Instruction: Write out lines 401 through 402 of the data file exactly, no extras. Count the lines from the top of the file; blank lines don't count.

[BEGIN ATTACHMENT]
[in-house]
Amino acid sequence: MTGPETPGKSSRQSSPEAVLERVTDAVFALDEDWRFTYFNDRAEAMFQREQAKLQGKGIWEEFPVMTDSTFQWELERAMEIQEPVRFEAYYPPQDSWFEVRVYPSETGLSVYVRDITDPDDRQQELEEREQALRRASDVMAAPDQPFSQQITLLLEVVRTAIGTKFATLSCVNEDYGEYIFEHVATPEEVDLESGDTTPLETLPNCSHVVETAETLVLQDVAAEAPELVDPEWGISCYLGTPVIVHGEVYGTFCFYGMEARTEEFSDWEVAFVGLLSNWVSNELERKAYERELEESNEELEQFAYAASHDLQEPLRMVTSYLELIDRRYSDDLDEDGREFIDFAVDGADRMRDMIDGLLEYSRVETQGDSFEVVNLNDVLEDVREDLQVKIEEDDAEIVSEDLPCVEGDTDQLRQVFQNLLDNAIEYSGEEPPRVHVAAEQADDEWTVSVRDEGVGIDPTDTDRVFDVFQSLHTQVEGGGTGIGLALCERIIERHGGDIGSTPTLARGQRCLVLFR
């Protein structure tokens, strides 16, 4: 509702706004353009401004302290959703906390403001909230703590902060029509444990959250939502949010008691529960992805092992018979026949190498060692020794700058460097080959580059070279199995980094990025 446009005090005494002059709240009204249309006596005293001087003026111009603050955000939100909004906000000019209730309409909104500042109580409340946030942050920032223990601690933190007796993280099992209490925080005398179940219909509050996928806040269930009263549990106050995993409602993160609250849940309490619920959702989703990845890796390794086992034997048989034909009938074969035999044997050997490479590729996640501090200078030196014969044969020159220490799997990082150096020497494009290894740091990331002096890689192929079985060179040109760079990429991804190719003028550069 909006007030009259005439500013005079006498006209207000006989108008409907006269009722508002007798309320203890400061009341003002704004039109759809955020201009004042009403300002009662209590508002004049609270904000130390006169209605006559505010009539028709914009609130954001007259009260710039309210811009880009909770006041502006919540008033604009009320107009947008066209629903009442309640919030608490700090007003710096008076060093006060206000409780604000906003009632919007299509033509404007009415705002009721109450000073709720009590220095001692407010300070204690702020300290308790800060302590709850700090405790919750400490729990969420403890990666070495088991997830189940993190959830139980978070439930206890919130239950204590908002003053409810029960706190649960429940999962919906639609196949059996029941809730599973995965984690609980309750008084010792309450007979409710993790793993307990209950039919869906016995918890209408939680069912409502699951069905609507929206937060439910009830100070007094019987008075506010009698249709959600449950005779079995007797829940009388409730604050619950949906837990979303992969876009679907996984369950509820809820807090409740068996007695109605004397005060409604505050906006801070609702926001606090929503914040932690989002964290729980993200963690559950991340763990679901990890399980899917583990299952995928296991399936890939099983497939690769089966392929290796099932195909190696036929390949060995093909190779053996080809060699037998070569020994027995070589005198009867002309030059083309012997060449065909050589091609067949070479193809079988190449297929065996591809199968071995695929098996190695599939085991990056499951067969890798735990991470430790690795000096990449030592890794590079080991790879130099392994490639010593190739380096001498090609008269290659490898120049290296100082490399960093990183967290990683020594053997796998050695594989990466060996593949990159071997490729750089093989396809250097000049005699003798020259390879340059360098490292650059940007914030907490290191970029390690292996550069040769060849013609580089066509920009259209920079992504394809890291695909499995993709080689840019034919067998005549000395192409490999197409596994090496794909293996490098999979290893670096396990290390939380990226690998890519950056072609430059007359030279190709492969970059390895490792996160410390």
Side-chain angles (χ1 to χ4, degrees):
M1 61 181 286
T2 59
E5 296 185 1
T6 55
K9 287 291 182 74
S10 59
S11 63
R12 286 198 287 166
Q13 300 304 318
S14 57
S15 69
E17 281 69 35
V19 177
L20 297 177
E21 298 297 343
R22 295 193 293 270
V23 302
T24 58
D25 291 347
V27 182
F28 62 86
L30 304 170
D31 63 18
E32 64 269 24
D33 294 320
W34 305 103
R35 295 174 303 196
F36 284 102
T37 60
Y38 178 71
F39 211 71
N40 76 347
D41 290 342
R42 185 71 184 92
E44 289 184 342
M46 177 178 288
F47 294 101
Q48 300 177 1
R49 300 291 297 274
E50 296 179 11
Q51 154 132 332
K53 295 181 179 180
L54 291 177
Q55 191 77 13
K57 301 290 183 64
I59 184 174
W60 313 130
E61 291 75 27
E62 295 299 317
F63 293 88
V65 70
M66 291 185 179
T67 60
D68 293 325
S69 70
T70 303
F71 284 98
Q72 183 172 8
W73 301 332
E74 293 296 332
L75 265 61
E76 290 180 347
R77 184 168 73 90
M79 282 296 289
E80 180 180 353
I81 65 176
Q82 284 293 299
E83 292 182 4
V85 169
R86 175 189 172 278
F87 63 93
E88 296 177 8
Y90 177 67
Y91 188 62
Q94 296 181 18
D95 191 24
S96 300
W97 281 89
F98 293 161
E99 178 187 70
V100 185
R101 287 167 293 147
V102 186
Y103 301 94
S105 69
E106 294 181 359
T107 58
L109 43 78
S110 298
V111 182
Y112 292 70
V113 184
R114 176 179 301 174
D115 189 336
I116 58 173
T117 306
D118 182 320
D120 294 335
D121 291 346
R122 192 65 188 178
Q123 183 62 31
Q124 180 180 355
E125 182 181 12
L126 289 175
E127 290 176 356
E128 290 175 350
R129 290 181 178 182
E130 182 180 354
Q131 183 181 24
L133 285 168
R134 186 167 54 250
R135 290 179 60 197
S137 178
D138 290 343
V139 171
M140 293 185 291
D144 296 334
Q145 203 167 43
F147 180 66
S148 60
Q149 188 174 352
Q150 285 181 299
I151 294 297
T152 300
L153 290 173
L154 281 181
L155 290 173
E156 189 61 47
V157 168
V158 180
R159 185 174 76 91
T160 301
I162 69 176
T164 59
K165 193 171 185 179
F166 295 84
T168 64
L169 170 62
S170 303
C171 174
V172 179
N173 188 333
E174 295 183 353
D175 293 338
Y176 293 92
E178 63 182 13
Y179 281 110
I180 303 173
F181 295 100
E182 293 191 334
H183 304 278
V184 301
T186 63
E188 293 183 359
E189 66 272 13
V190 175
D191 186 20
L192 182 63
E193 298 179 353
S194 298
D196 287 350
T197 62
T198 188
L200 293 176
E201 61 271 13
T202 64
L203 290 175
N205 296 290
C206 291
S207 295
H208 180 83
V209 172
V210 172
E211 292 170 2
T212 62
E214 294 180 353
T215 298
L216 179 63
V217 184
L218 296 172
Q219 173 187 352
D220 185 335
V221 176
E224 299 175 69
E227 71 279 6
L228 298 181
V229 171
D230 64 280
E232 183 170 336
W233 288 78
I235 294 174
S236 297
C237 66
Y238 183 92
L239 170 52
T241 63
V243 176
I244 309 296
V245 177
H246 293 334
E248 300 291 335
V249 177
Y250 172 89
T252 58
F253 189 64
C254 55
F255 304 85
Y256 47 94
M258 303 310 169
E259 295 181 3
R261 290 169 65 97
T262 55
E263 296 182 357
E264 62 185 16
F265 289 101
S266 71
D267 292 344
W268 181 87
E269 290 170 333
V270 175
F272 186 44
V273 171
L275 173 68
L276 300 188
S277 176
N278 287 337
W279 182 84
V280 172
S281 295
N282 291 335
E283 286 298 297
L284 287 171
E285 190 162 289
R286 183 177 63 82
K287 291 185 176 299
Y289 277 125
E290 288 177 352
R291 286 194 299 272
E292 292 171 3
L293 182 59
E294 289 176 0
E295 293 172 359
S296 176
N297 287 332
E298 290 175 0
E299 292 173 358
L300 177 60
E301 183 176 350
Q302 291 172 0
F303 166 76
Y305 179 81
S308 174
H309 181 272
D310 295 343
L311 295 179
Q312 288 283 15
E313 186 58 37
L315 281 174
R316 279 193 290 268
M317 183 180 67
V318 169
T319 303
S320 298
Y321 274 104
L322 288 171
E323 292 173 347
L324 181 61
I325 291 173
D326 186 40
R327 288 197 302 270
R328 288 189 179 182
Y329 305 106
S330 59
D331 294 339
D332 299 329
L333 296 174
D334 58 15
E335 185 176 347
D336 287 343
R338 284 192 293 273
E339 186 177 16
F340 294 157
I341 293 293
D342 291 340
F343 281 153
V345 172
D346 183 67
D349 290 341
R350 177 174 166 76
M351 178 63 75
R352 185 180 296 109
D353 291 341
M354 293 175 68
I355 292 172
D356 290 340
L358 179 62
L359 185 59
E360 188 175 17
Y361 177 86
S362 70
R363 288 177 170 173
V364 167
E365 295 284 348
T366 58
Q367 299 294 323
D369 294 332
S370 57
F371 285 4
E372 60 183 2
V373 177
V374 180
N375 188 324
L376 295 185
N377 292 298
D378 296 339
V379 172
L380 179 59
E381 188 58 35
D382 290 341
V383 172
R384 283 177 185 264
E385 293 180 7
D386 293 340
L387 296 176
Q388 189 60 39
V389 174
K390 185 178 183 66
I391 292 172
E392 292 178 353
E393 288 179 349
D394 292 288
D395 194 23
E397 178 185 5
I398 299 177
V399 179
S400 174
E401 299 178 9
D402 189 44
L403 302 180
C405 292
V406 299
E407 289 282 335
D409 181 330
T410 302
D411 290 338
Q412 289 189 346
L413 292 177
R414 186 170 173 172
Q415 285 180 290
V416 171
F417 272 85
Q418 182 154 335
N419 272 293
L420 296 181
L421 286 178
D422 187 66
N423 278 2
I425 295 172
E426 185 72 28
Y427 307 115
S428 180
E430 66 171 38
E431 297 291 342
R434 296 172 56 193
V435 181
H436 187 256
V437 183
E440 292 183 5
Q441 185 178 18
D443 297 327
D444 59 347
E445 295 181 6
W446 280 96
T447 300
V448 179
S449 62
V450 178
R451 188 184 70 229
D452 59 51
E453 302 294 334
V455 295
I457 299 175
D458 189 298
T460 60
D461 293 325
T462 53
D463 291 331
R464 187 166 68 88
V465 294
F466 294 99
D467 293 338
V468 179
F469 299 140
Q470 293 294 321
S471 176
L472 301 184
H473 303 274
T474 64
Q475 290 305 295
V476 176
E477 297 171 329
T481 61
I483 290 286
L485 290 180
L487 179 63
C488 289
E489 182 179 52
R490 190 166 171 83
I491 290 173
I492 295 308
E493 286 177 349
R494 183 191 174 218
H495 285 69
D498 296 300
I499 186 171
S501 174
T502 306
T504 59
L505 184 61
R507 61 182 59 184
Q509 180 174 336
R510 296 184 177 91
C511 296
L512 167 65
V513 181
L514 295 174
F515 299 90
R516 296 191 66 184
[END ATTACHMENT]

H473 303 274
T474 64